Plains Game Hunting South Africa

Hunt the Eastern Cape, South Africa

The Karoo, a malaria free space of rugged mountains and endless savannah plains. A place where the land meets the sky and all your African hunting dreams are fulfilled.

Karoo Wild Safaris promises an exceptional plains game hunting safari. Family owned and managed, we have extensive knowledge in the hunting and hospitality fields. We offer hunters, couples and families a hunting and vacation experience of a lifetime.

We only accommodate a limited number of hunters and guests offering you our personal attention throughout your safari with us. We still believe in the adventure of hunting, the thrill of walking and stalking an animal, of discovering something new and unknown. We like it wild and our properties are large wildlife areas with no internal fences.

Non-hunters are welcome to join the hunting party or partake in one of the numerous non-hunting activities and tours in the area. Visits to the Addo Elephant National Park and the historical town of Graaff-Reinet are some of the popular activities enjoyed by our guests. Our sea-side apartment in scenic Plettenberg Bay is the perfect base for exploring the attractions that the coastal area has to offer. Shark cage diving, whale and dolphin safaris, the world's highest bungee jump, elephant back rides, deep sea and river fishing, beautiful beaches, shopping and fine dining are some of the activities guests can enjoy on a 1-3 night stay in Plett. 

Karoo Wild Safaris is owned by Victor Watson. A fifth generation Karoo settler/landowner and hunter, he has a passion for the area and its' animals. Victor completed his Professional Hunting qualification at the age of 21 and has been actively guiding clients for 15 years. Lindsay, Victor's wife, runs the four star graded lodge and prepares delicious cuisine to the highest international standards.

Spanning some 240 000 acres, our privately owned wildlife-only hunting properties and concessions offer a wide variety of terrain teeming with plains game. This is kudu country, our area boasting the highest density of these elusive animals in Africa.

 

  • Barefoot Buffalo Hunt

    We spotted them on the morning of the third day. The three dugga boys filed into the acacia lined riverbed to bed down for the remainder of the day. There was little point in following them. Such was their habits that they'd bed down until sundown when they'd emerge again to graze the grassland. After a late lunch we drove to a spot approximately 1000 yards "upriver" from them. We began our stalk from there. Mynaard, myself, Forest the hunter and Kosie, the tracker. Tom, Forest's daughter and Mitchell stayed at the truck. Not knowing exactly where they had bedded down we had to approach carefully. The acacia surrounding the riverbed was thick and visibility was limited to twenty yards. A little further down we elected to de-boot. Hearing is a buffalo's best defence and the fine riversand was making a squelching sound as our boots compressed it. From previous experience barefoot buffalo experiences I knew there was little point in keeping my socks on. Acacia thorns burst through them and they get filled with grass seed to the point that it's not worth the amount of time it takes to pick them out. I value a good pair of hunting socks. Bootless now, it was slow going but totally inaudible. The fine riversand massaged our hunt weary feet and it was surprisingly soothing. We were closer now. We thought perhaps three hundred yards but we didn't know for sure. Could be thirty yards. We left the comfort of the riverbed and climbed the left bank, treading much more carefully now as we moved along a path strewn with acacia thorns. Every 10 yards we stopped, Mynaard and I glassing the bush ahead and across the riverbed to the opposite side. There they were, the glint of a horn betraying the buffalo's position on the opposite side of the riverbed. We could make out the shape of only one bull lying in a thicket. The other must be close. We crouched down and leopard crawled to a position almost opposite them. I ranged it at 42 yards. It was only 3pm and we knew a long wait lay ahead.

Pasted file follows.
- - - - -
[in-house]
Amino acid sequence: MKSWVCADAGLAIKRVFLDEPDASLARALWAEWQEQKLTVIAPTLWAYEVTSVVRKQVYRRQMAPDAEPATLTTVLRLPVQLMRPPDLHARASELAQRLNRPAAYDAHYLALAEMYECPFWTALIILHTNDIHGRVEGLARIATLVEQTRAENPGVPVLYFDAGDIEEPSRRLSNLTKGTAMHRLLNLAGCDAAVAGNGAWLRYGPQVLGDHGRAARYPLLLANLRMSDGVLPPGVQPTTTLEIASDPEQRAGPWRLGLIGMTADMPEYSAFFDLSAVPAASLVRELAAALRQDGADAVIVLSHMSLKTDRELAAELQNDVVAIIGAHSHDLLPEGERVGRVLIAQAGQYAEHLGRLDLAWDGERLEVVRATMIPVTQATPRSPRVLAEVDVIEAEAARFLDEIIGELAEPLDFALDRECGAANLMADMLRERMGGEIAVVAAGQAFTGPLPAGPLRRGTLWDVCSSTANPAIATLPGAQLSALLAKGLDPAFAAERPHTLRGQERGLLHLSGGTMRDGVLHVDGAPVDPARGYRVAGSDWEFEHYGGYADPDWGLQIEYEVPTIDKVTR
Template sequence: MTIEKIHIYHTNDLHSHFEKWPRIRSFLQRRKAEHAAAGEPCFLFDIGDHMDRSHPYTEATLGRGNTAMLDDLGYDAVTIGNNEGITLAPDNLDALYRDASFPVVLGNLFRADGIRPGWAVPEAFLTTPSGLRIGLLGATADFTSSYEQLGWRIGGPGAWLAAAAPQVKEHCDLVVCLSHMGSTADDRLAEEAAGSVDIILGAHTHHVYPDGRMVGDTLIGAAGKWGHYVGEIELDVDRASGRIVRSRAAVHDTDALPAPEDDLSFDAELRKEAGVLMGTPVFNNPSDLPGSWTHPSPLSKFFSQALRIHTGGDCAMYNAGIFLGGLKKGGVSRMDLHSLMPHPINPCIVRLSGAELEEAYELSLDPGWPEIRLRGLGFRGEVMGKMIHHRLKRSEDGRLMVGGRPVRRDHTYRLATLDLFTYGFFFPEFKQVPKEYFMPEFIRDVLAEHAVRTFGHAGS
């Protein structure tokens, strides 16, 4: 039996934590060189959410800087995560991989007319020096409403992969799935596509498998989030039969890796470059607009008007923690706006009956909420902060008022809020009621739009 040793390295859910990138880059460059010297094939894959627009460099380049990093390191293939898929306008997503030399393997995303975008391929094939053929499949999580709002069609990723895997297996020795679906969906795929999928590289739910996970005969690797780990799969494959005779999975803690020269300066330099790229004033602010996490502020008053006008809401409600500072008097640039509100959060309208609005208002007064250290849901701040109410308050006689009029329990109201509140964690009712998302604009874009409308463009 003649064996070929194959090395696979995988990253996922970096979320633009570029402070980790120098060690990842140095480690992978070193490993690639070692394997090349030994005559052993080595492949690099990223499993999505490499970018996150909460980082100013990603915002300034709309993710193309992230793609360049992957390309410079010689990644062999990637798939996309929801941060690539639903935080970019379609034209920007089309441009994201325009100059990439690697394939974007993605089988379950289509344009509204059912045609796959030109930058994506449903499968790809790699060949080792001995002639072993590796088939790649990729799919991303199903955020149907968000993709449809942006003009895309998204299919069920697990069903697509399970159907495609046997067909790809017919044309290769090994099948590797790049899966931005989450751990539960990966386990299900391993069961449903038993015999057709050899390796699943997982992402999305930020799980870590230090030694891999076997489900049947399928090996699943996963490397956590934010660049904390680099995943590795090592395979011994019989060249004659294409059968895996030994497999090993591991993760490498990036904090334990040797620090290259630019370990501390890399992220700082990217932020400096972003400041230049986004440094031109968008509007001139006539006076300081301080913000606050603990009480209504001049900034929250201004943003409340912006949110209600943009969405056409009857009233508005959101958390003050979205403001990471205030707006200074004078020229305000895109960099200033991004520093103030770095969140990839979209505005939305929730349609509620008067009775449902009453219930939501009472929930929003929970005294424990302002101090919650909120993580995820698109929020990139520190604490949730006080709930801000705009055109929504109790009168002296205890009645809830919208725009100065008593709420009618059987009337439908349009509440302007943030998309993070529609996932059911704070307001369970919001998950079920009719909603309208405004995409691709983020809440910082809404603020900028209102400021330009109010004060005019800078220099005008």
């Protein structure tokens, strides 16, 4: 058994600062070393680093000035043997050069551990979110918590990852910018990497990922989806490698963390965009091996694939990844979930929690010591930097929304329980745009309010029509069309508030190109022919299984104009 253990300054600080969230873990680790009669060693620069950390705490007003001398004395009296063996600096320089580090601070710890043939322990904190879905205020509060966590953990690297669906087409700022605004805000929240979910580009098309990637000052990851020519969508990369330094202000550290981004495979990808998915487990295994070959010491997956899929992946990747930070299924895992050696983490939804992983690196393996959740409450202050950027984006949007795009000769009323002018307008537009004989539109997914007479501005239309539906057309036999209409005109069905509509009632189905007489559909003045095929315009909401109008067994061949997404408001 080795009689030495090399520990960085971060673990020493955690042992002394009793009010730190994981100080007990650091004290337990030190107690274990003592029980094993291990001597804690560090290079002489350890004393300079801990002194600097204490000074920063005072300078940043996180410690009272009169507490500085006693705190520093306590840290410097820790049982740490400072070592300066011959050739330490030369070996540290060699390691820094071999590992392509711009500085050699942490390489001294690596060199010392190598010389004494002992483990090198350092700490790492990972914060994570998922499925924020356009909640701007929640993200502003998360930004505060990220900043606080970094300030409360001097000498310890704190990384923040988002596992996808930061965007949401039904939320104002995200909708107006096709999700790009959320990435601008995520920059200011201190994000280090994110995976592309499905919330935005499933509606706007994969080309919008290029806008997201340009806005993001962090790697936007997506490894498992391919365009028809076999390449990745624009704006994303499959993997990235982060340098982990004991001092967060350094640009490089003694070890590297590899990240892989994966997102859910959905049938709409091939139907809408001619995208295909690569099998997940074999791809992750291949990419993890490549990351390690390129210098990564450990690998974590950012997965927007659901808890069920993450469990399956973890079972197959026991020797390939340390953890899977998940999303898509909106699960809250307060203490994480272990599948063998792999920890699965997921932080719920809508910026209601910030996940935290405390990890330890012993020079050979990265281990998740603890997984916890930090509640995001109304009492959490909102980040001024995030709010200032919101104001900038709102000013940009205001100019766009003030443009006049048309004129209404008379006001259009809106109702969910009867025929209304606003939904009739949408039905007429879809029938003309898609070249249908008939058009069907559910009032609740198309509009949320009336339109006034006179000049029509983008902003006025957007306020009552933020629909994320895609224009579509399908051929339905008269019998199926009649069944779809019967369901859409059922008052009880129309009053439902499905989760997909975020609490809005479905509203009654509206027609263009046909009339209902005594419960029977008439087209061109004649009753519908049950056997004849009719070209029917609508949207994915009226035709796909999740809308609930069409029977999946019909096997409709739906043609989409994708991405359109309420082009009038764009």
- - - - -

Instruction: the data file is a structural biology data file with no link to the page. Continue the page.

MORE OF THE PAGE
Thursday, 8th August 2019
  • Bruce, Tamela and Michael return for their 2nd hunt with Karoo Wild Safaris

    Michael, Bruce and his wife Tamela returned to hunt with Karoo Wild Safaris this past July for a 10 day safari. They last hunted with us in 2015 and had a terrific time, hunting multiple plains game species. For Bruce, this year's hunt was primarily for a cape buffalo and sable with some other smaller plains game species. Michael was keen on hunting a giraffe, waterbuck and more plains game species. We enjoyed our hunt in 2015 and everyone at Karoo Wild was excited to see them again. 

    Monday, 29th July 2019
  • Monday, 1st July 2019
  • Pete and Peg return for their 2nd plains game hunt with Karoo Wild Safaris

    Pete and Peg returned to hunt with Karoo Wild Safaris. Last year Pete and I had a memorable cape buffalo hunt and also hunted several plains game species; kudu, burchells zebra, nyala, bushbuck, impala, black wildebeest, eland and impala. We missed out on a gemsbuck last year and passed on a sable to focus on buffalo so those two species were high on Pete's list for his 2019 hunt.

    Sunday, 23rd June 2019

Victor & Lindsay Watson

 

Professional Hunter (PH) and Tracker

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